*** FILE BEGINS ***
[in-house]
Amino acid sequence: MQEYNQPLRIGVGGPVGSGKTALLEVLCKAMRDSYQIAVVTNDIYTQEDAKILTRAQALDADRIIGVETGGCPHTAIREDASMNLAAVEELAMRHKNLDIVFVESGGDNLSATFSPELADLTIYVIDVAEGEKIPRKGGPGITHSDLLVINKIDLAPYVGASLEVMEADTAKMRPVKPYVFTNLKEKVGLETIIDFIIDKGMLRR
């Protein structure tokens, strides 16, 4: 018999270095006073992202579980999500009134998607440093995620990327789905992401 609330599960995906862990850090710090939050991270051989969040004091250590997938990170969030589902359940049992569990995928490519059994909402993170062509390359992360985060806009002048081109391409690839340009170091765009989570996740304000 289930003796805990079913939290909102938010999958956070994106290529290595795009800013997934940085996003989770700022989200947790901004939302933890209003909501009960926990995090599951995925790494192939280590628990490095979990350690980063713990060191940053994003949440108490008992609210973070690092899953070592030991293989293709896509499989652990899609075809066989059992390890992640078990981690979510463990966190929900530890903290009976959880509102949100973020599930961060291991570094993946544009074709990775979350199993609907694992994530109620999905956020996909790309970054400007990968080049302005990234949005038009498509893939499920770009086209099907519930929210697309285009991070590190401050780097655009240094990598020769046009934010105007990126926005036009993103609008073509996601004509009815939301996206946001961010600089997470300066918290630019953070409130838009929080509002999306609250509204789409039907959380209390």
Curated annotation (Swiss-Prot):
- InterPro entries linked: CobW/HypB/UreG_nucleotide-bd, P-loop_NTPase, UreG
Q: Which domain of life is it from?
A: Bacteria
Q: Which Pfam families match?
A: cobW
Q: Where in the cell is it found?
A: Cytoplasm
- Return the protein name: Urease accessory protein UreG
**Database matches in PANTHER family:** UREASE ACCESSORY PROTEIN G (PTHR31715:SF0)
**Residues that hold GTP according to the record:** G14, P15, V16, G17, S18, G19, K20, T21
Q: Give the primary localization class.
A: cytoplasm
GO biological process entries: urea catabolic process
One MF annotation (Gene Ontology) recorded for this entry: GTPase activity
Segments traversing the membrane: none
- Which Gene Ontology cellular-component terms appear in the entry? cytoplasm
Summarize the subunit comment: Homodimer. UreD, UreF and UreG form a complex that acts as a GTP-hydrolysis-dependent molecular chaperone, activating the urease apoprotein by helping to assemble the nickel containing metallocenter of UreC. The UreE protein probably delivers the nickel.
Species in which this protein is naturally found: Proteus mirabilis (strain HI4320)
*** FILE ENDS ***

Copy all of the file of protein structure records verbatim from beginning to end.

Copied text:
[in-house]
Amino acid sequence: MQEYNQPLRIGVGGPVGSGKTALLEVLCKAMRDSYQIAVVTNDIYTQEDAKILTRAQALDADRIIGVETGGCPHTAIREDASMNLAAVEELAMRHKNLDIVFVESGGDNLSATFSPELADLTIYVIDVAEGEKIPRKGGPGITHSDLLVINKIDLAPYVGASLEVMEADTAKMRPVKPYVFTNLKEKVGLETIIDFIIDKGMLRR
């Protein structure tokens, strides 16, 4: 018999270095006073992202579980999500009134998607440093995620990327789905992401 609330599960995906862990850090710090939050991270051989969040004091250590997938990170969030589902359940049992569990995928490519059994909402993170062509390359992360985060806009002048081109391409690839340009170091765009989570996740304000 289930003796805990079913939290909102938010999958956070994106290529290595795009800013997934940085996003989770700022989200947790901004939302933890209003909501009960926990995090599951995925790494192939280590628990490095979990350690980063713990060191940053994003949440108490008992609210973070690092899953070592030991293989293709896509499989652990899609075809066989059992390890992640078990981690979510463990966190929900530890903290009976959880509102949100973020599930961060291991570094993946544009074709990775979350199993609907694992994530109620999905956020996909790309970054400007990968080049302005990234949005038009498509893939499920770009086209099907519930929210697309285009991070590190401050780097655009240094990598020769046009934010105007990126926005036009993103609008073509996601004509009815939301996206946001961010600089997470300066918290630019953070409130838009929080509002999306609250509204789409039907959380209390």
Curated annotation (Swiss-Prot):
- InterPro entries linked: CobW/HypB/UreG_nucleotide-bd, P-loop_NTPase, UreG
Q: Which domain of life is it from?
A: Bacteria
Q: Which Pfam families match?
A: cobW
Q: Where in the cell is it found?
A: Cytoplasm
- Return the protein name: Urease accessory protein UreG
**Database matches in PANTHER family:** UREASE ACCESSORY PROTEIN G (PTHR31715:SF0)
**Residues that hold GTP according to the record:** G14, P15, V16, G17, S18, G19, K20, T21
Q: Give the primary localization class.
A: cytoplasm
GO biological process entries: urea catabolic process
One MF annotation (Gene Ontology) recorded for this entry: GTPase activity
Segments traversing the membrane: none
- Which Gene Ontology cellular-component terms appear in the entry? cytoplasm
Summarize the subunit comment: Homodimer. UreD, UreF and UreG form a complex that acts as a GTP-hydrolysis-dependent molecular chaperone, activating the urease apoprotein by helping to assemble the nickel containing metallocenter of UreC. The UreE protein probably delivers the nickel.
Species in which this protein is naturally found: Proteus mirabilis (strain HI4320)